The final aspect explored during this vast study was how one of the most painful periods in African history, the transatlantic slave trade, affected the genetic history of the Bantu peoples. We know that the genomes of African-Americans living on the North American continent today are 75-80% of African ancestry. To trace the genetic origins of that portion of their genome more precisely, the scientists have compared the genomes of nearly 5,000 African-Americans from across the United States with those of African populations currently living in the former slave ports. This enabled them to break down the contributions of each of these slave trade regions. They found that nearly 50% of the genome of African-Americans is from the ports located in the Bight of Benin. The other major contribution, almost 30%, is from West-Central Africa (Gabon and Angola), emphasizing the heavy toll the slave trade took on these populations. Lastly, 13% comes from the former port of Senegambia (the basin of the Senegal and Gambia rivers) and 7% from the Windward Coast (Ivory Coast).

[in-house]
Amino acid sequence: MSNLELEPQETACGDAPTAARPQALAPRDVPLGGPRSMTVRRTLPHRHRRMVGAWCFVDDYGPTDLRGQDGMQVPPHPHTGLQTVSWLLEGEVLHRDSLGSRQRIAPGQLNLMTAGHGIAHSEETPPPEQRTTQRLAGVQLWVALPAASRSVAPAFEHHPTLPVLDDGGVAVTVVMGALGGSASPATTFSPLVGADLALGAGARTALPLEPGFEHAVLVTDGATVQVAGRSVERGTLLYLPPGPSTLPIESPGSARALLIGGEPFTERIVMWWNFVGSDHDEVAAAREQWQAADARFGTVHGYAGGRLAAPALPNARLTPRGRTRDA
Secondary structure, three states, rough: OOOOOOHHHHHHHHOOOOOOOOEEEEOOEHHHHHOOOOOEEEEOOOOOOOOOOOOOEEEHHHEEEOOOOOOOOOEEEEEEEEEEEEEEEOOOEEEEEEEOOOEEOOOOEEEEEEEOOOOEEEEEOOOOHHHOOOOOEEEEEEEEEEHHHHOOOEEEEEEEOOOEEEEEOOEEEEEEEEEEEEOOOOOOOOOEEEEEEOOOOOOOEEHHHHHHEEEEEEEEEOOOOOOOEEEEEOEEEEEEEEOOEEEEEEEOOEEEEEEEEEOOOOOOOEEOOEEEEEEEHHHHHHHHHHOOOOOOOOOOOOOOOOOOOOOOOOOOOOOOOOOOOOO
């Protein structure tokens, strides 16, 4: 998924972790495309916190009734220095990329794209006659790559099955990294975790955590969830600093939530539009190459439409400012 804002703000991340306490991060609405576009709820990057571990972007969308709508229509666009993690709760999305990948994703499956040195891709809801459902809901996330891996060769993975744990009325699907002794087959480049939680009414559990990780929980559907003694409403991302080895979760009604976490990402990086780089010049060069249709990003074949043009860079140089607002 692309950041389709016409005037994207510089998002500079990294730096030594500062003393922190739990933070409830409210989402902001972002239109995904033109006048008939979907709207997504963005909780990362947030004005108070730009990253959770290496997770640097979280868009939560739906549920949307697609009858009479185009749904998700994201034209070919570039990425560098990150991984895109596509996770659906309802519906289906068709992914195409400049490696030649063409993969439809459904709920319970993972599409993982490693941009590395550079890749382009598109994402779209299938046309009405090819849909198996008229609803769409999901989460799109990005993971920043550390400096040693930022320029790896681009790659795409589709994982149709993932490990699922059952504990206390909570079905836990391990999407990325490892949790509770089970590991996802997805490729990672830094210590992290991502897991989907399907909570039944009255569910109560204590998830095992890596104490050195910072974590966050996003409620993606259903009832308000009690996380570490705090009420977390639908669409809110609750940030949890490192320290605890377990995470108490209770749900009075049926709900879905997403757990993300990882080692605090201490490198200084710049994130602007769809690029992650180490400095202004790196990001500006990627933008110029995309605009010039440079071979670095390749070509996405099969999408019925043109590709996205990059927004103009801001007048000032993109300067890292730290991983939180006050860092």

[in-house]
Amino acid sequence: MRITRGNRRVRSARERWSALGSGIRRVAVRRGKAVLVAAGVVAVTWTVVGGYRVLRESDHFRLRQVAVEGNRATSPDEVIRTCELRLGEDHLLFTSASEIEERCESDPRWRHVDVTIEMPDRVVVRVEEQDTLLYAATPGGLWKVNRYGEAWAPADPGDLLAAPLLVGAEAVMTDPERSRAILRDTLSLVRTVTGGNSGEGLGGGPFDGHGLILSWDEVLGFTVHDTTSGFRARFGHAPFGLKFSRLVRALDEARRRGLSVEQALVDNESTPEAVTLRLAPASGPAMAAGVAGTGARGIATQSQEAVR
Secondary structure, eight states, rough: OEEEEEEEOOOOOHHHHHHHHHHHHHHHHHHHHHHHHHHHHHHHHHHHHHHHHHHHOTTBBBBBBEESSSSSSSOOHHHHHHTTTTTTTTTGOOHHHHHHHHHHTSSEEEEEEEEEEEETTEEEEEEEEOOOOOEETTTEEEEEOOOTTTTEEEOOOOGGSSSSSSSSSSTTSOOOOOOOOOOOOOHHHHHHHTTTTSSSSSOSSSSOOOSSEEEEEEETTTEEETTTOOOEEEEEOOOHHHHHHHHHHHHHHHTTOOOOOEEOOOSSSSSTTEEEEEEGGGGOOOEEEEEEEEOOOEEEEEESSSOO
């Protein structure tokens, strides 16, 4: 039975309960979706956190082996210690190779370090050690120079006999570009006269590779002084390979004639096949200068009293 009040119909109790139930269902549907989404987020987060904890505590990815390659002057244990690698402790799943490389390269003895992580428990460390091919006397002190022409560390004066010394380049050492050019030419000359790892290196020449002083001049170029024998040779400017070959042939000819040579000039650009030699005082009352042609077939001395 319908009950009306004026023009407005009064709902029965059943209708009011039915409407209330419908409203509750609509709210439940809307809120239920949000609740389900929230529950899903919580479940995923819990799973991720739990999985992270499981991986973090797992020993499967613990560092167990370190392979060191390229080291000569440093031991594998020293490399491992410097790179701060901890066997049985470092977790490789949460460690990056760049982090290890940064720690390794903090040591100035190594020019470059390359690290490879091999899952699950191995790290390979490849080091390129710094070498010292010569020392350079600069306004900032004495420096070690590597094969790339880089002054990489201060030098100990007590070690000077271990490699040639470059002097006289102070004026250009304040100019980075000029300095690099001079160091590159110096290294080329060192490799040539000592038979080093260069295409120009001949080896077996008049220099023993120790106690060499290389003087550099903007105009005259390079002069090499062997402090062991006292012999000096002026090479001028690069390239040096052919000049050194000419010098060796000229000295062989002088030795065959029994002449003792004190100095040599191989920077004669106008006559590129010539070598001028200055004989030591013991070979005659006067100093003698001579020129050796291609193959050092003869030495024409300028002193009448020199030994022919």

This vast genetic map of Sub-Saharan Africa provides a striking illustration of how genomics has contributed to the history of our species. It represents a powerful tool that, in conjunction with new pan-genomic approaches, can be used to reconstruct the history of our migrations and admixtures, and to identify the evolutionary mechanisms that have enabled us to adapt genetically to environmental pressures, including those exerted by infectious agents.
 Human Evolutionary Genetics Unit, Institut Pasteur/CNRS
 Omar Bongo University, Gabon, and CERPAGE/IRCB, Benin
 French Museum of Natural History, French Research Institute for Development (IRD), Paris-Descartes University, French Institute for Demographic Studies (INED), Paris-Diderot University, Paul Sabatier University – Toulouse III, Lumière Lyon 2 University; United Kingdom: University of Reading; and Portugal: Universidade do Porto
 USA: University of Missouri, Pennsylvania State University, Stanford University; Canada: University of Montreal
Dispersals and genetic adaptation of Bantu-speaking populations in Africa and North America, Science, May 5, 2017.